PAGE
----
I was very much impressed by the clarity of expression and romantic beauty of Jean Sibelius' 1893 The Swan of Tuonela as performed by the Gothenburg Symphony under Neeme Järvi and as featured on France Musique's Venez quand vous voulez the other day (it starts approx. 90' into the podcast).

Presenter Denisa Kerschova described it as something "between Wagner and Smetana" (if my French serves well enough). I can certainly hear a kinship to Wagner: the whole atmosphere, the dynamism of the orchestra, etc. (The piece reminds me even stronger of Gottfried Huppertz score for Fritz Lang's 1924 Die Nibelungen, so there you have another link to Wagner.)

But then I am not familiar enough with Smetana to judge on that side. Is it likely that Kerschova just wanted to point out that both Sibelius and (her Czech compatriot) Smetana were important catalysts for national movements in their two home countries in the 19th century, or is there a deeper links in terms of art and music? And if so, where would I have to start with Smetana's work to find something of similar quality?


The two best-known and oft-performed works by Smetana:

  1. My Country (cz: Má Vlast): it is really a suite of tone poems which can themselves be performed independently. Of these, the most well-known is The Moldau, which is a pictorial description of the Moldau river (cz: Vltava) that runs through Prague. The only other of them with which I have familiarity is Tábor, because it contains the ancient Hussite hymn: "Ye Who Are Warriors of God". This is also a hymn used by 20th c. composer Karel Husa in the final movement of his Music for Prague 1968. If a loose confederation of symphonic poems sounds strange, think of Holst, The Planets, which similarly can have individual "planets" broken out into standalone works.

  2. His opera, The Bartered Bride: it only occasionally sees performance in the US as a fully staged opera, but frequently has some purely orchestral movements performed in lighter, pops-esque performances. Dover actually sells a volume that gets most of this music into one package.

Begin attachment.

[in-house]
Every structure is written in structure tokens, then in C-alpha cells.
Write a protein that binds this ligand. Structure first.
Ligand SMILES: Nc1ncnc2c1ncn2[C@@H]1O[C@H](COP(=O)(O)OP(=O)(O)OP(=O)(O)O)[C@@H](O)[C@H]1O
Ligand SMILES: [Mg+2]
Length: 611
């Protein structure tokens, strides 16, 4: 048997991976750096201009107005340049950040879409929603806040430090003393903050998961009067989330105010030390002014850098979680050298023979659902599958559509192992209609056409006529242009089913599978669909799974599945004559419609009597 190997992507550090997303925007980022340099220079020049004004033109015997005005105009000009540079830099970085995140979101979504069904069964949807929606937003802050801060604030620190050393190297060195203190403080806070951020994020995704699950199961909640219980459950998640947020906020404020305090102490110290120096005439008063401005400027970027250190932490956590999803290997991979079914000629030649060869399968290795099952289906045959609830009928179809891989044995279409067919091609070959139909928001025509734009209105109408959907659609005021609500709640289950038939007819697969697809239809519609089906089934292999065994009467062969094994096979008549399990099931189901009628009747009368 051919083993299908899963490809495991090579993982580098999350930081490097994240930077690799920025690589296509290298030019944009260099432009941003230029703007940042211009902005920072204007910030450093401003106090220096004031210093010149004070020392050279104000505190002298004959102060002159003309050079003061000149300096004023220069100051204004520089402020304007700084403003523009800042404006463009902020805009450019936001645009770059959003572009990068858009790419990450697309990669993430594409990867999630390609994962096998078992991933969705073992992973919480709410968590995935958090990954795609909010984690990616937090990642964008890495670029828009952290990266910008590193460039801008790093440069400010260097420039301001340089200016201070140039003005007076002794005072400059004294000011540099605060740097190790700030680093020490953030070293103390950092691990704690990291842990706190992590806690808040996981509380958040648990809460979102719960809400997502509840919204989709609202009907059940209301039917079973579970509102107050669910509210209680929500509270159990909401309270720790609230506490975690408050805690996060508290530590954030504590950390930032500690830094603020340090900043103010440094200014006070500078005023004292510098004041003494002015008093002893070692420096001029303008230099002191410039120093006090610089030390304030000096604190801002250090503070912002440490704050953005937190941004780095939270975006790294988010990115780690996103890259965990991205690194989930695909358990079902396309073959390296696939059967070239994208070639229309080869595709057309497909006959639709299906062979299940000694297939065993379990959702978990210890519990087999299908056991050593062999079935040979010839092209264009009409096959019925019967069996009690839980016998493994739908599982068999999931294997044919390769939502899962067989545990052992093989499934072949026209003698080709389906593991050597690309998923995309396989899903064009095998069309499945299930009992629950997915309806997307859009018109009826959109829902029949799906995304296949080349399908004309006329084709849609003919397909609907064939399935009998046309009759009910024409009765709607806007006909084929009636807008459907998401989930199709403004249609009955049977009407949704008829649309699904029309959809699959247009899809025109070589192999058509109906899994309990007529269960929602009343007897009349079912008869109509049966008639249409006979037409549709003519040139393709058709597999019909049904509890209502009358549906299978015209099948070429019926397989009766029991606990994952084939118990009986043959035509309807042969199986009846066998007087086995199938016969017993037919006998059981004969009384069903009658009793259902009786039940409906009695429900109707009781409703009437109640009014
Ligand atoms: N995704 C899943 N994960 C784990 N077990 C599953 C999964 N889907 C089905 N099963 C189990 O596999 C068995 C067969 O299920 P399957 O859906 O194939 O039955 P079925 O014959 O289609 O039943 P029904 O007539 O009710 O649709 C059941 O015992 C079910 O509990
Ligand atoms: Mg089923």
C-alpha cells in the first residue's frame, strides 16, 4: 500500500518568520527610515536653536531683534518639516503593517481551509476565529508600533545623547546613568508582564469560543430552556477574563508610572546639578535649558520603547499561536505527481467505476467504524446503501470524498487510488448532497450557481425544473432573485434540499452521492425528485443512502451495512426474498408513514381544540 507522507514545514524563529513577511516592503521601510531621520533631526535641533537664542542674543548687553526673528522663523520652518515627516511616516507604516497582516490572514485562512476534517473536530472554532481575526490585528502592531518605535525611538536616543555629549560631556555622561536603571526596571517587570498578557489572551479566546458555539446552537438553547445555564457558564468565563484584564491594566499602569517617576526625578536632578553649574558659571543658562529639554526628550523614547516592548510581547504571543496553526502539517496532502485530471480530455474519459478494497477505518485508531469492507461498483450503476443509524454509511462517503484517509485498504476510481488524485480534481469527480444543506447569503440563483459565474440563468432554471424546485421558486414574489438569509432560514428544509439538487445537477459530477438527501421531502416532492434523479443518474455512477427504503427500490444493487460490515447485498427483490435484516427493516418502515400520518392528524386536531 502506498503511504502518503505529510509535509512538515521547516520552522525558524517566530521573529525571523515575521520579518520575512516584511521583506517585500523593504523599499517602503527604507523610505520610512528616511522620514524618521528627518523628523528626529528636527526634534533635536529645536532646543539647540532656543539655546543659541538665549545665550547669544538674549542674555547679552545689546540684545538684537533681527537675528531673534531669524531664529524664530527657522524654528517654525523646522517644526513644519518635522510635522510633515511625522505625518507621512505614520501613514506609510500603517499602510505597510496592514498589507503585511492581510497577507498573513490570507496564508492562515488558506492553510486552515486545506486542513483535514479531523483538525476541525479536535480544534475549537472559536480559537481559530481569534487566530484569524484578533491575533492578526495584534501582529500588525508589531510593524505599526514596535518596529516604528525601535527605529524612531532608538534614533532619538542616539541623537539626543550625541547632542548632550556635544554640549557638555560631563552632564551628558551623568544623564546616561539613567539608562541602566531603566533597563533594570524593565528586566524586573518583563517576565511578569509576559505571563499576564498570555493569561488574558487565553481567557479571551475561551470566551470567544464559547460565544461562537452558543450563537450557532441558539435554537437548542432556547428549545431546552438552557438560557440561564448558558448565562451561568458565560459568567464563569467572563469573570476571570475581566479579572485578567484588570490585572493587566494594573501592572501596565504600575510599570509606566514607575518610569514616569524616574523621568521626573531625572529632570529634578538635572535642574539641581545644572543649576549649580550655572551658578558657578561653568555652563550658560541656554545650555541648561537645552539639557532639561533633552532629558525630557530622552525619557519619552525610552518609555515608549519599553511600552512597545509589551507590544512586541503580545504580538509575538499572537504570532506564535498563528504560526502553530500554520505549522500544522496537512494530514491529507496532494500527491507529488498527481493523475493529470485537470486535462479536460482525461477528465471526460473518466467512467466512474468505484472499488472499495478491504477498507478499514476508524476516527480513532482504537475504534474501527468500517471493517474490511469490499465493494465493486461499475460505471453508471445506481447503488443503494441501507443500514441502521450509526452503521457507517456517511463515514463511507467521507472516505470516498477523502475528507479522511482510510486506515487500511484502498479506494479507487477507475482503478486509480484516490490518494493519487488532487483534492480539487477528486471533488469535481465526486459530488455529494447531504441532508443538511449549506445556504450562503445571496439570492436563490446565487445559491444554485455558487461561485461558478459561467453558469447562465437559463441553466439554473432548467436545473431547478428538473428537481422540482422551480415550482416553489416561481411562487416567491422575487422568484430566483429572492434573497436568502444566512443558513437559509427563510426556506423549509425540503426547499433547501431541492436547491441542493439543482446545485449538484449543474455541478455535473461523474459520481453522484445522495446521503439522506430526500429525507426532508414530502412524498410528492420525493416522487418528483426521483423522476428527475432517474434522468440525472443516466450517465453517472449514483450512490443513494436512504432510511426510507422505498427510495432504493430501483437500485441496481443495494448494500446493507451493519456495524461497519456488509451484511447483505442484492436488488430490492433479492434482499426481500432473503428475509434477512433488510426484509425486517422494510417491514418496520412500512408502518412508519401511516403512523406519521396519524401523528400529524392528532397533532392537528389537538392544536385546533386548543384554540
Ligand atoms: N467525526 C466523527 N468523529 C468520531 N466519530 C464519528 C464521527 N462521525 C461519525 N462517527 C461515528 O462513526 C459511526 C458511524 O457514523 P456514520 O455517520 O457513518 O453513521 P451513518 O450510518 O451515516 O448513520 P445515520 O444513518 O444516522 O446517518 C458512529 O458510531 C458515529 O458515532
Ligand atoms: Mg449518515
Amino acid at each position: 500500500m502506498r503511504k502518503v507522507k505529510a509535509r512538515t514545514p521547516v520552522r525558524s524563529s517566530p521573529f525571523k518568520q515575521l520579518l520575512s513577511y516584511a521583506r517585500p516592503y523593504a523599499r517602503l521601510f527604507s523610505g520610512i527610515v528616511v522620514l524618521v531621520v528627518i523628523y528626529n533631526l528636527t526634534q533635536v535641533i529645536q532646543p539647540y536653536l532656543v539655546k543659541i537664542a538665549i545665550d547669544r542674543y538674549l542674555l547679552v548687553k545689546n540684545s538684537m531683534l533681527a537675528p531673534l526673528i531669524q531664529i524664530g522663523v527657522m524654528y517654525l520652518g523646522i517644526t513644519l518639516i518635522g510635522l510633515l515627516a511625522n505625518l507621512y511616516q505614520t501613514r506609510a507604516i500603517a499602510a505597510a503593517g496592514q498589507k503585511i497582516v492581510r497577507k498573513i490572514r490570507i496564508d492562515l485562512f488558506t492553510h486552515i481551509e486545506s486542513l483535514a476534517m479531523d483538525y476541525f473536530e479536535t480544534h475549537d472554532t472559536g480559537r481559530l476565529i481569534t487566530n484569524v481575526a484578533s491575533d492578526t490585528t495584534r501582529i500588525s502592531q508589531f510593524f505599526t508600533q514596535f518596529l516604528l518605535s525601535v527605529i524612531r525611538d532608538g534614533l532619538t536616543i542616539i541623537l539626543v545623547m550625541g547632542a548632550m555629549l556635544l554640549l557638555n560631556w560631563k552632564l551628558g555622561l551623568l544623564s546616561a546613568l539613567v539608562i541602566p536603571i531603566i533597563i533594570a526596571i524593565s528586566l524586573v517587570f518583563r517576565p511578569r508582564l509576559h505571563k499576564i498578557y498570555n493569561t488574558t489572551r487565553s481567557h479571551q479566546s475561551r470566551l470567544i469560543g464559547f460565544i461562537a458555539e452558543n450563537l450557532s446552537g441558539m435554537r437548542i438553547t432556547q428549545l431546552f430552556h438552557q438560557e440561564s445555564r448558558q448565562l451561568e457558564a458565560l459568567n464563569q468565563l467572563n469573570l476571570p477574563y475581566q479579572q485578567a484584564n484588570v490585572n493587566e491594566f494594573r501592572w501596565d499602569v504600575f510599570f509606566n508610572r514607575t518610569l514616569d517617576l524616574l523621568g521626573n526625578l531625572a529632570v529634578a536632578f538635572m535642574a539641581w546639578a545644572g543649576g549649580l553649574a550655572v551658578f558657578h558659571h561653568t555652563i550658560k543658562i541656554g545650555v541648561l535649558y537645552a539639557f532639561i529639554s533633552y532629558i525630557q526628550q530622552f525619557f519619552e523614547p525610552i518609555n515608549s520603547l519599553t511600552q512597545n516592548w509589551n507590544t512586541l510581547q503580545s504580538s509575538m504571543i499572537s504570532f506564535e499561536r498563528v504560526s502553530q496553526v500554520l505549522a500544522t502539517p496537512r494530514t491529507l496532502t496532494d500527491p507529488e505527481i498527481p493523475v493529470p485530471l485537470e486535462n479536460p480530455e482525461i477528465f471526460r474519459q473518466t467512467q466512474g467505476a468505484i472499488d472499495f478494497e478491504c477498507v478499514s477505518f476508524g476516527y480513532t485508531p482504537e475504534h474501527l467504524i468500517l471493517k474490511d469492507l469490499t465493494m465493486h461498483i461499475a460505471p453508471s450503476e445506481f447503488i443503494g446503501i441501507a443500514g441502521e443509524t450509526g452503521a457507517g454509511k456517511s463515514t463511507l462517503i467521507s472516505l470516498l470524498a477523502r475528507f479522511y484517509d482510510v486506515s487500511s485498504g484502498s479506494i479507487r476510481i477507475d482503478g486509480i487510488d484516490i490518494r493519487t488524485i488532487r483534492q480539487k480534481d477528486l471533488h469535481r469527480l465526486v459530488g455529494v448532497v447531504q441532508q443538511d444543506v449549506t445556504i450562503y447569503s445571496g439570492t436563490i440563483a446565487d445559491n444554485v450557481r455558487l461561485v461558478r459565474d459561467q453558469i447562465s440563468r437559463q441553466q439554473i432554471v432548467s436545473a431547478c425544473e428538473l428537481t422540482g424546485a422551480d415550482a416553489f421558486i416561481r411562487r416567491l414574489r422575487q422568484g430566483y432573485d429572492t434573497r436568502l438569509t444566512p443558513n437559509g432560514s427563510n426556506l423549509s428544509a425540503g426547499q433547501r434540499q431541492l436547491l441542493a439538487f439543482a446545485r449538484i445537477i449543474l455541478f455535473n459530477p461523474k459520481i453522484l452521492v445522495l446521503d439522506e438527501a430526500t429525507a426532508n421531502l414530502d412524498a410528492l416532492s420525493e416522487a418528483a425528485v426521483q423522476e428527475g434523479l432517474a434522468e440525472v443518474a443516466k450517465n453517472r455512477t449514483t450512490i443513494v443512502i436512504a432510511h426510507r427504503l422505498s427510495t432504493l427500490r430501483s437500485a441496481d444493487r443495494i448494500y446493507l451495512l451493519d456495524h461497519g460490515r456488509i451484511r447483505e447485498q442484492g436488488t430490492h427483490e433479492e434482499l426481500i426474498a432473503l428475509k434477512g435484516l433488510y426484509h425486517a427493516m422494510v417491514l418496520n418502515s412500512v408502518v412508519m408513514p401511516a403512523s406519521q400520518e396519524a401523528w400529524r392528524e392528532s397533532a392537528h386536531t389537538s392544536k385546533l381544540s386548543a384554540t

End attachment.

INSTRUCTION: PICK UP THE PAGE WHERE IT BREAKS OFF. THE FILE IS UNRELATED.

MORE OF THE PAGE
After listening to these works, I'd be interested to hear what connections you make. I find it a bit of a stretch to say that a 19th-20th c. Finnish composer "the last true Romantic composer" as Sir Thomas Beecham called him, straddles in any way the mid-19th c. German arch-progressive Wagner and 19th c. arch-Czech-nationalist Smetana. To my ear, they inhabit three severely different sound worlds. Their approach to orchestration, harmony, and melody? Sure, there are smaller connections, but one of Smetana's goals was to avoid sounding like a poor man's imitation of German music, to create something that is authentically Czech. Likewise with Sibelius and Finland, although perhaps not to that degree. I might call him the last of the nationalists or perhaps a post-nationalist, in the sense in which it is discussed in the context of its origins in the 19th century.

I understand and greatly appreciate radio broadcasts that try to help make basic connections for listeners, but this seems like more than just a little bit of a stretch, but again, I'm interested to see what connections you make.

  • Thanks for your reply. I will try to get hold of these works (am somewhat familiar with The Moldau, but will relisten), and try to report back here. BTW, I should explain that I registered a kinship between The Swan of Tounela and Wagner's instrumental work, i.e. his operas minus the heavy voices. Perhaps that's no way to do him real justice, but I'm very fond of his music (and think of him as an truly path-breaking genius) but never enjoy listening to his heros' voices, which I find quite straining.
    – Drux
    Jan 8 '13 at 20:56
  • I've now listened to Smetana's The Moldau again. I think he does use a similar overall approach to Sibelius' in the The Swan of Tuonela: with rapidly oscillating strings (reminding us of nordic winds and the Moldau's waves respectively, I suppose, and to my ear and across another century also a bit similar to Philip Glass' abstract minimalistic style) on top of which main themes are deployed. In terms of atmosphere the pieces seem different, and I personally far prefer the Sibelius (e.g. don't like how Smetana adds folksy tunes as e.g. also Mahler did in his time).
    – Drux
    Jan 11 '13 at 20:49

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